By: Ben Hartshorn
“Throughout our lives, my family and I have lived in predominantly white areas with almost no brown kids. It was difficult for my brother to make friends at a young age because of his skin colour and that he wore his hair in a turban. Several events in my story are roughly based on his experiences, and show what he went through as a young child.” (Saihaj Rehsi)
In the first week of October, the Legislative Assembly of Ontario awarded three talented students with the Speaker’s Award for Youth Writers. To enter, students from grades 7-12 across the province submitted short stories and personal essays last spring in hopes of gaining recognition for their outstanding works, and MD is proud to say that one of our very own WON!
Congratulations to Saihaj Rehsi for receiving the Youth Speaker’s Award in the category of Grade 11/12!
Saihaj graduated from MDHS last June. When COVID-19 cut the term short in March, she kept up with her EWC Writer’s Craft class. She learned about the contest when it was shared with the class by Ms Gleeson. Saihaj didn’t write this story as an assignment; she wrote it because she wanted to share her brother’s experience.
Her story, titled “The Life of a Sikh Kid”, has been published on the OLA’s official website, along with those submitted by the winners of the Grades 7/8 and 9/10 categories. Be sure to read it here!
Saihaj has written about the theme of her winning story and what compelled her to write it:
“This fictitious story goes through the life of a young Sikh boy from when he was four till he was eighteen. It exhibits the racist events he has undergone being a brown boy in predominantly white countries. This story goes through the experiences of facing racism at a young age and shows what effects it can have on a growing child. I don’t want to ruin it for anyone who potentially wants to read it, but it does get a bit dark and may have some themes not suitable to everyone. However, it depicts the truth that many immigrant and native born individuals with darker skin go through.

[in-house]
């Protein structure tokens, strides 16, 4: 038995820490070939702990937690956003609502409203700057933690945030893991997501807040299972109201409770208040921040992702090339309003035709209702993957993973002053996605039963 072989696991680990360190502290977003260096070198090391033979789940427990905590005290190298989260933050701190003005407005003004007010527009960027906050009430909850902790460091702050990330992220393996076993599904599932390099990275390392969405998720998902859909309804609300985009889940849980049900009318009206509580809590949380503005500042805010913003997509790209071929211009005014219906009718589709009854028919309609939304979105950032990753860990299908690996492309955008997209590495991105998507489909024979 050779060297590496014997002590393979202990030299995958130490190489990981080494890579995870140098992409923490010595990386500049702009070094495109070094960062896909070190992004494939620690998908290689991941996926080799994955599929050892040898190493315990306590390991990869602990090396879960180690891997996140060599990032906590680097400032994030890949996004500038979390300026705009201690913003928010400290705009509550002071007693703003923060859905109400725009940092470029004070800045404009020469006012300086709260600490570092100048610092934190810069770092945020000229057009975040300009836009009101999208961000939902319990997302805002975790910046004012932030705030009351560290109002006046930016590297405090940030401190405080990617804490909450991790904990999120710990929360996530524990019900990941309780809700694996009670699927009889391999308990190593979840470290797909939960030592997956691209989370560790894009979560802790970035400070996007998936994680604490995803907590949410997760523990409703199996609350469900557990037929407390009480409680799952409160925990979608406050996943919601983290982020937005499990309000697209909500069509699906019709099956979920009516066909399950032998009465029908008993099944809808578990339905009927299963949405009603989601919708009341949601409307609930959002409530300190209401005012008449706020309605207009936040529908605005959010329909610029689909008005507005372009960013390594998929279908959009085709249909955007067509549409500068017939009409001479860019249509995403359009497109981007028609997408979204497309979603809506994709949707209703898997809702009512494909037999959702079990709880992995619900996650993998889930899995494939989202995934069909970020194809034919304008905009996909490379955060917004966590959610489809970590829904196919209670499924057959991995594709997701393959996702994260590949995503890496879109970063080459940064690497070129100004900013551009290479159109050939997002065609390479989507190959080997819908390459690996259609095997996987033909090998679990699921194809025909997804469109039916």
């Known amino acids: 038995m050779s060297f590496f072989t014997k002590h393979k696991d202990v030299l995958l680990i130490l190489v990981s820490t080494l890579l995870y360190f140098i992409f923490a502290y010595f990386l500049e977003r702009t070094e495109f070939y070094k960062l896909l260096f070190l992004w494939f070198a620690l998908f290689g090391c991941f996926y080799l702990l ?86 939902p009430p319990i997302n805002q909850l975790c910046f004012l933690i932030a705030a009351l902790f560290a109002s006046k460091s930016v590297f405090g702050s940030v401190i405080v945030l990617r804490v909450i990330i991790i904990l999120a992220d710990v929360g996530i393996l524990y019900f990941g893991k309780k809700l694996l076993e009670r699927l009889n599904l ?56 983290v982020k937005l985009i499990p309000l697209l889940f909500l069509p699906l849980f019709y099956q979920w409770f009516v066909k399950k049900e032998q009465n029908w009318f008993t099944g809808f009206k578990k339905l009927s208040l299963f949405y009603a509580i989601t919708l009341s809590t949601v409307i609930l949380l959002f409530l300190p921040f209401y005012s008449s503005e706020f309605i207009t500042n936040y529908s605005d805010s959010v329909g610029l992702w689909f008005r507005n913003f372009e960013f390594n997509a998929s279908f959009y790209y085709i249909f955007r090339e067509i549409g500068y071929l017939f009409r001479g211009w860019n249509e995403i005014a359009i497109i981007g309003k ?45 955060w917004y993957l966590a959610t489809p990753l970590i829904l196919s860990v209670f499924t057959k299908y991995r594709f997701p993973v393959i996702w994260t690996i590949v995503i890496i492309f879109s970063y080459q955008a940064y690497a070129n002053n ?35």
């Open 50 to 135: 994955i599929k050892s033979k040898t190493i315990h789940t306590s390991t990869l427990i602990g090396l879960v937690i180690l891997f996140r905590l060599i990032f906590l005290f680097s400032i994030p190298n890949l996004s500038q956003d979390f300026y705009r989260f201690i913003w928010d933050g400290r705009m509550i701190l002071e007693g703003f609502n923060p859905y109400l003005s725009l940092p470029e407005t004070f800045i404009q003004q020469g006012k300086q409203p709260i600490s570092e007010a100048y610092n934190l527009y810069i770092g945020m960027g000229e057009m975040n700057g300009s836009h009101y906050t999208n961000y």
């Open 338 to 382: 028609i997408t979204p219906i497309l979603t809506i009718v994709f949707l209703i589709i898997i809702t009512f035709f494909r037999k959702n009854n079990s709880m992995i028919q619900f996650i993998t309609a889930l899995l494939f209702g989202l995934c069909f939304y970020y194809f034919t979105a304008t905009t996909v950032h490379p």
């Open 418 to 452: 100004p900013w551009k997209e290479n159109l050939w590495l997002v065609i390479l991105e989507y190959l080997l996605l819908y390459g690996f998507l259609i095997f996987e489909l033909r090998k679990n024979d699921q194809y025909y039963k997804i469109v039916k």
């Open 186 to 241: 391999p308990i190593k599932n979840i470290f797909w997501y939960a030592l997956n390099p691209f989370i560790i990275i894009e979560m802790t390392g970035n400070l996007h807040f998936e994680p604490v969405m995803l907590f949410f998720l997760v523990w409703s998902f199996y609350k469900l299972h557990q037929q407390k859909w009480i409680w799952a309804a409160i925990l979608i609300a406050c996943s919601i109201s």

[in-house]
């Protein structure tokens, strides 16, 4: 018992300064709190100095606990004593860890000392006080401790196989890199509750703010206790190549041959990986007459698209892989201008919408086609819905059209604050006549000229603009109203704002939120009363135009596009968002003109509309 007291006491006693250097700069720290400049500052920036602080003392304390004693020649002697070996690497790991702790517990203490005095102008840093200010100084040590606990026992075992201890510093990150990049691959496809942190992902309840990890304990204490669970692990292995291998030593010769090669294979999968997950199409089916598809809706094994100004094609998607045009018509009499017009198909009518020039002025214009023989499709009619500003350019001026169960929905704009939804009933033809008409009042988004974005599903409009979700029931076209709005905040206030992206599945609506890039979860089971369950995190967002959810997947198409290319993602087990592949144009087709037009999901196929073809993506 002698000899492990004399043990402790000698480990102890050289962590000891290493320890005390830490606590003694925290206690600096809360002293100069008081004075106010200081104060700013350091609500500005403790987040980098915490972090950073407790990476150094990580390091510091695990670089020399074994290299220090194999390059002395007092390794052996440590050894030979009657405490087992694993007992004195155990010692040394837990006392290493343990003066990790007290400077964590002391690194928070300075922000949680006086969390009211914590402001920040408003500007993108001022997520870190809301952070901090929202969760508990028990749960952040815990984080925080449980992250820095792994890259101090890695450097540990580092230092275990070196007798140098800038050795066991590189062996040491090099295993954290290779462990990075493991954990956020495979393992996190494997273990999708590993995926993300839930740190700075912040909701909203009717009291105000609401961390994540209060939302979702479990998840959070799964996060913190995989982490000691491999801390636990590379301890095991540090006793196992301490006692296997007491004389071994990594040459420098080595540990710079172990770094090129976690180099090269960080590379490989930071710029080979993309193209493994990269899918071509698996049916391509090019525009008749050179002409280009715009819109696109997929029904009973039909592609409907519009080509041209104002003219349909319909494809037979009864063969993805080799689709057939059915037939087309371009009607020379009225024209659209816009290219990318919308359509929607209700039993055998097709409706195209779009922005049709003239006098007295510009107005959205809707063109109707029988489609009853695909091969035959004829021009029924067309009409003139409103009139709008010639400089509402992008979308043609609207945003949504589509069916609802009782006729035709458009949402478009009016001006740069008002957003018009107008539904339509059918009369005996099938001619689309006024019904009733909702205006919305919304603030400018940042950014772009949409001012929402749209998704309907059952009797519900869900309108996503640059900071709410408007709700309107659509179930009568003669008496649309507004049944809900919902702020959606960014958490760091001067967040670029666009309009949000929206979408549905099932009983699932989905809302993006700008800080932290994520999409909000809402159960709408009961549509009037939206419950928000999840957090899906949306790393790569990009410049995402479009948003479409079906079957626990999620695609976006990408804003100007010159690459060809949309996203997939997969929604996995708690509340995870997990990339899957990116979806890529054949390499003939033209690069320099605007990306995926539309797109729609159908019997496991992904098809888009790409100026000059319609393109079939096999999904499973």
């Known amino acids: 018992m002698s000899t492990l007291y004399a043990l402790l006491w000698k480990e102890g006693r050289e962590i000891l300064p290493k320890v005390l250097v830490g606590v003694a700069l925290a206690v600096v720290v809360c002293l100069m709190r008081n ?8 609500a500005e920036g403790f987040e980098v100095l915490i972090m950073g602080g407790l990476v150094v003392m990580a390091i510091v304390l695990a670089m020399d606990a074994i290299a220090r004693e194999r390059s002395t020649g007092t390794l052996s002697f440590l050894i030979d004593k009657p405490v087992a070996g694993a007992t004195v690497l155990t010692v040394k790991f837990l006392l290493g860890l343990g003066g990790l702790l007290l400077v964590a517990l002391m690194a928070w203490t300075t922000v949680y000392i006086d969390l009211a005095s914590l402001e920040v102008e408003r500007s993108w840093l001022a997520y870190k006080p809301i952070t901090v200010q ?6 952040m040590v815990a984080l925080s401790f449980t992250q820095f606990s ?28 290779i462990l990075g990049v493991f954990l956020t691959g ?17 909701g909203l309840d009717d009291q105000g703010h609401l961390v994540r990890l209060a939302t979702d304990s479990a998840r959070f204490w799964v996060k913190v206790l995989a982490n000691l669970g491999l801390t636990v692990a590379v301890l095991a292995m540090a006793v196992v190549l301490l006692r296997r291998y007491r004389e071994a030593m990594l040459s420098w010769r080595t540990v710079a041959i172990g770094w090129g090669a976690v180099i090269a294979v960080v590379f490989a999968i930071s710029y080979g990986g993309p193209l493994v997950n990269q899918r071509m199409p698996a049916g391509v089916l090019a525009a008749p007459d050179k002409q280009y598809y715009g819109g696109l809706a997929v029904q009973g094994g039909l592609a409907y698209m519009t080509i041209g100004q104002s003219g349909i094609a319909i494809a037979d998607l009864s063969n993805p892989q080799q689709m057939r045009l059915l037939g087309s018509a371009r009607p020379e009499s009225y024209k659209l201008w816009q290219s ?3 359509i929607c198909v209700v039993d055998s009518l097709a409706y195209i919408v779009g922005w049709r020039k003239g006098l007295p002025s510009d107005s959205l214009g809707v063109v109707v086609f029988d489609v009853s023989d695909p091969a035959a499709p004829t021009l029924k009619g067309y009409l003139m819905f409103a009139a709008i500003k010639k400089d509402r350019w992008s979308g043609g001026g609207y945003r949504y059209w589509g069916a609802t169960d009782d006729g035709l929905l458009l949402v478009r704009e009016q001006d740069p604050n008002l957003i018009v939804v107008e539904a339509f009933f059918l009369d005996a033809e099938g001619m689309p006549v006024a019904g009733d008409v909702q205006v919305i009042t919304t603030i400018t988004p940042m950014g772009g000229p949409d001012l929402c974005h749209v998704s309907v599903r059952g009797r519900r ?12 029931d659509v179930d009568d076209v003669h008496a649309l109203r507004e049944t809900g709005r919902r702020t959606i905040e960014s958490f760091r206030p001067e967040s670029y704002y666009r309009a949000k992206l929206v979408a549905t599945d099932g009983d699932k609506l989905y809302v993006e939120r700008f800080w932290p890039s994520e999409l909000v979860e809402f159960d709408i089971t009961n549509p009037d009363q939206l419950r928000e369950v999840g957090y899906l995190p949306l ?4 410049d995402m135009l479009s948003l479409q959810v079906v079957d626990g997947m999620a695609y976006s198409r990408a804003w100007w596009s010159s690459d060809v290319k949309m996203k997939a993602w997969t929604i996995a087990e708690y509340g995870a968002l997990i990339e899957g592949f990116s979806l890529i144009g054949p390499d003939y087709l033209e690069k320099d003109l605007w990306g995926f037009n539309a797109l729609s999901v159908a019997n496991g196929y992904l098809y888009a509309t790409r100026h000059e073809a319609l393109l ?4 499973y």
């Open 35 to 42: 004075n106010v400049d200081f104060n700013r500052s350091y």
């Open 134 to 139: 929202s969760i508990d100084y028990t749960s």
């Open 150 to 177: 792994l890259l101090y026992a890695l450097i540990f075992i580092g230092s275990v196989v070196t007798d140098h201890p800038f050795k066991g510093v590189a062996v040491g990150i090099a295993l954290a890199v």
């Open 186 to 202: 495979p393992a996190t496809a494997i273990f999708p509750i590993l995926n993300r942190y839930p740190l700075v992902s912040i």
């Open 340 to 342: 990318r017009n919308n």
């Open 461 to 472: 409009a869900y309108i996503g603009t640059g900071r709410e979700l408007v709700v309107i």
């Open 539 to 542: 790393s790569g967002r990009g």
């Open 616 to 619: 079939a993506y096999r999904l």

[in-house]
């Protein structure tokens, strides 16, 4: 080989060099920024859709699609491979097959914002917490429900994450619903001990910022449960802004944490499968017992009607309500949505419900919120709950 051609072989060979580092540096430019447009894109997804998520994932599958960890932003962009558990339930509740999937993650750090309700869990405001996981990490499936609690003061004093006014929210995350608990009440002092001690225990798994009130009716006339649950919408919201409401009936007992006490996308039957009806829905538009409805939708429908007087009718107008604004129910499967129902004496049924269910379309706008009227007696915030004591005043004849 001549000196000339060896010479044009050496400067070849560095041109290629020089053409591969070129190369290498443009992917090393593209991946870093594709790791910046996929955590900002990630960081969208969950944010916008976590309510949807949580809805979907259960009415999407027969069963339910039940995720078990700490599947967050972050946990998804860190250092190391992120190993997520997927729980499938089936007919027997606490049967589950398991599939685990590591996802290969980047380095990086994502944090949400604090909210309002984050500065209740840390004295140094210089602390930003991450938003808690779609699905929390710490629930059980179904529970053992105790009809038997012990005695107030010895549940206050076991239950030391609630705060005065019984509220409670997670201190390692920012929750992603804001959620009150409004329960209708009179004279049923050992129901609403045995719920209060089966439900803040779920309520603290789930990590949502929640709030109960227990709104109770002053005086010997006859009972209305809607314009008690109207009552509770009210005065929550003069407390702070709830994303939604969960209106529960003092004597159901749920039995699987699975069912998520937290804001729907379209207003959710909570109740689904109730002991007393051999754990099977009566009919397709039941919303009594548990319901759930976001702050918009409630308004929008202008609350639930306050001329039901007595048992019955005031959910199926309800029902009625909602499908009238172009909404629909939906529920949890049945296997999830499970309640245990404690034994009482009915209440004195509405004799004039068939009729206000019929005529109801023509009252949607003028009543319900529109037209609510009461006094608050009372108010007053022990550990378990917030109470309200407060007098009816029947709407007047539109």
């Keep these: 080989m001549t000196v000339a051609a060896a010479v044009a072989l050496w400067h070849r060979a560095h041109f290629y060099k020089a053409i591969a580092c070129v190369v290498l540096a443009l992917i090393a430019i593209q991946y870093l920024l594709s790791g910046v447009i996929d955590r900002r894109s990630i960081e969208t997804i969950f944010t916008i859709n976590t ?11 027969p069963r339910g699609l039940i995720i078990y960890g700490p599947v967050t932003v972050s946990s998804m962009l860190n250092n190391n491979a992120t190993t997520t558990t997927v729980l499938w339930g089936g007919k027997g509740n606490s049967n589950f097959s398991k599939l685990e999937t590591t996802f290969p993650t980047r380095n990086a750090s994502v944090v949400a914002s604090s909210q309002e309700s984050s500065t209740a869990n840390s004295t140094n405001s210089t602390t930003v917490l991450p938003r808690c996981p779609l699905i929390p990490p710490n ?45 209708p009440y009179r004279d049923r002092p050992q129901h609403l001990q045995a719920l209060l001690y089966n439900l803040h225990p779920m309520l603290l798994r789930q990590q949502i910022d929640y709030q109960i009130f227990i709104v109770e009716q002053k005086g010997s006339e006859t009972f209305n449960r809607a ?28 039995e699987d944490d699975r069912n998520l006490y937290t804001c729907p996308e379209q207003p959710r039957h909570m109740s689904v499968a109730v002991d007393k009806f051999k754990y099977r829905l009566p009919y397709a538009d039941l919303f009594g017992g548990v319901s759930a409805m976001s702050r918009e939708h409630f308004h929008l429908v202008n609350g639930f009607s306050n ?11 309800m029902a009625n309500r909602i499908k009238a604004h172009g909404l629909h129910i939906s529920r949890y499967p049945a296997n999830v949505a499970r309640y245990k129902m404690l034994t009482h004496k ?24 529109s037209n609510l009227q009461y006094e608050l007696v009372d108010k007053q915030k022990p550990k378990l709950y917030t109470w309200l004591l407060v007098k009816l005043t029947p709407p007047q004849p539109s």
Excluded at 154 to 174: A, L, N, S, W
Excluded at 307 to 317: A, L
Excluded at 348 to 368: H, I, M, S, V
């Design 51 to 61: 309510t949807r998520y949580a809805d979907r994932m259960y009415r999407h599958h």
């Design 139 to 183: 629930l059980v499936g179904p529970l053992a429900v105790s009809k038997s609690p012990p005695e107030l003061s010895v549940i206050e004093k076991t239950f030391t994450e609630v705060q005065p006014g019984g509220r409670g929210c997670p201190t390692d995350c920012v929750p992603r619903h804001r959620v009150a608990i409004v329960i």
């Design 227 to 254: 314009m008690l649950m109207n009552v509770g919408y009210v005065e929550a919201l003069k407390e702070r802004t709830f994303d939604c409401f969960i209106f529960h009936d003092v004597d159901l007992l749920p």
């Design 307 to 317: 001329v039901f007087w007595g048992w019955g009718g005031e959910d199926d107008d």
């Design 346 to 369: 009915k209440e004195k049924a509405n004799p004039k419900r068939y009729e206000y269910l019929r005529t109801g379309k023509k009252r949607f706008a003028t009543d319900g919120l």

Though this story is fictitious, I was inspired to write it by some experiences that my brother (unfortunately) faced himself. Throughout our lives, my family and I have lived in predominantly white areas with almost no brown kids. It was difficult for my brother to make friends at a young age because of his skin colour and that he wore his hair in a turban. Several events in my story are roughly based on his experiences, and show what he went through as a young child. I hope that through this story, people understand that people are not different because of skin colour. As someone who belongs to a minority, I know the struggles of being ridiculed and being ignored, and I want people to know that they shouldn’t differentiate because of skin colour as ultimately, we’re all human. I hope that readers make efforts to engage with those they see being marginalized and to learn about their cultures to help those people to embrace it, rather than suppress it.”
Everyone at MD sends our congratulations to Saihaj on her outstanding accomplishment. We are so proud of you!
We have a lot of fantastic writers here at Milton District. If you would like to read Saihaj’s story and learn more about how you can enter, visit ola.org.